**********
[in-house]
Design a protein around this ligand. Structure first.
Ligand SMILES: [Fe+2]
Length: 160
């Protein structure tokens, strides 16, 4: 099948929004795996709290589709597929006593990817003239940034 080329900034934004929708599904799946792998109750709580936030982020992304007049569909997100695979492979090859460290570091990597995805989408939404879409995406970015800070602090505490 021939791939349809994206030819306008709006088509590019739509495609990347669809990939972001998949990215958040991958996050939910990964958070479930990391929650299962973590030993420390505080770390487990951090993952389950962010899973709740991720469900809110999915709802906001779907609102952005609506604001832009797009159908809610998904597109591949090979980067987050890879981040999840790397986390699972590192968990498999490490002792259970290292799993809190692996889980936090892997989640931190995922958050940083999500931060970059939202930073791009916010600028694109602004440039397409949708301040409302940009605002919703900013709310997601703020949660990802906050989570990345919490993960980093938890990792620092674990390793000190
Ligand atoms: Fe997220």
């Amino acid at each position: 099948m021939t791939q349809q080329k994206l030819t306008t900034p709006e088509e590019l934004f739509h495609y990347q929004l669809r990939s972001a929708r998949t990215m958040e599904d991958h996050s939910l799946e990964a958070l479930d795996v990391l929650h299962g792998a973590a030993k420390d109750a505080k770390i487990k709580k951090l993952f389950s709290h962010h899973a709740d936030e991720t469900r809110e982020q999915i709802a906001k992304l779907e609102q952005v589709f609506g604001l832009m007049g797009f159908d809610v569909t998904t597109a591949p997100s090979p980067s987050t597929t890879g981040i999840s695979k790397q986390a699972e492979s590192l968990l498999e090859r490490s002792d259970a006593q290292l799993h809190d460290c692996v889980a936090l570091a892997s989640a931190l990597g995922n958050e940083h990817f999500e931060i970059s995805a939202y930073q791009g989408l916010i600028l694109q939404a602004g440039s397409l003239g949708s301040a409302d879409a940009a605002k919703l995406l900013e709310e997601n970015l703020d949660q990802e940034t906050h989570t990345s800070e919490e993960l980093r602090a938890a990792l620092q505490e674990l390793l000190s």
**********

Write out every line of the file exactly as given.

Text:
[in-house]
Design a protein around this ligand. Structure first.
Ligand SMILES: [Fe+2]
Length: 160
């Protein structure tokens, strides 16, 4: 099948929004795996709290589709597929006593990817003239940034 080329900034934004929708599904799946792998109750709580936030982020992304007049569909997100695979492979090859460290570091990597995805989408939404879409995406970015800070602090505490 021939791939349809994206030819306008709006088509590019739509495609990347669809990939972001998949990215958040991958996050939910990964958070479930990391929650299962973590030993420390505080770390487990951090993952389950962010899973709740991720469900809110999915709802906001779907609102952005609506604001832009797009159908809610998904597109591949090979980067987050890879981040999840790397986390699972590192968990498999490490002792259970290292799993809190692996889980936090892997989640931190995922958050940083999500931060970059939202930073791009916010600028694109602004440039397409949708301040409302940009605002919703900013709310997601703020949660990802906050989570990345919490993960980093938890990792620092674990390793000190
Ligand atoms: Fe997220």
């Amino acid at each position: 099948m021939t791939q349809q080329k994206l030819t306008t900034p709006e088509e590019l934004f739509h495609y990347q929004l669809r990939s972001a929708r998949t990215m958040e599904d991958h996050s939910l799946e990964a958070l479930d795996v990391l929650h299962g792998a973590a030993k420390d109750a505080k770390i487990k709580k951090l993952f389950s709290h962010h899973a709740d936030e991720t469900r809110e982020q999915i709802a906001k992304l779907e609102q952005v589709f609506g604001l832009m007049g797009f159908d809610v569909t998904t597109a591949p997100s090979p980067s987050t597929t890879g981040i999840s695979k790397q986390a699972e492979s590192l968990l498999e090859r490490s002792d259970a006593q290292l799993h809190d460290c692996v889980a936090l570091a892997s989640a931190l990597g995922n958050e940083h990817f999500e931060i970059s995805a939202y930073q791009g989408l916010i600028l694109q939404a602004g440039s397409l003239g949708s301040a409302d879409a940009a605002k919703l995406l900013e709310e997601n970015l703020d949660q990802e940034t906050h989570t990345s800070e919490e993960l980093r602090a938890a990792l620092q505490e674990l390793l000190s």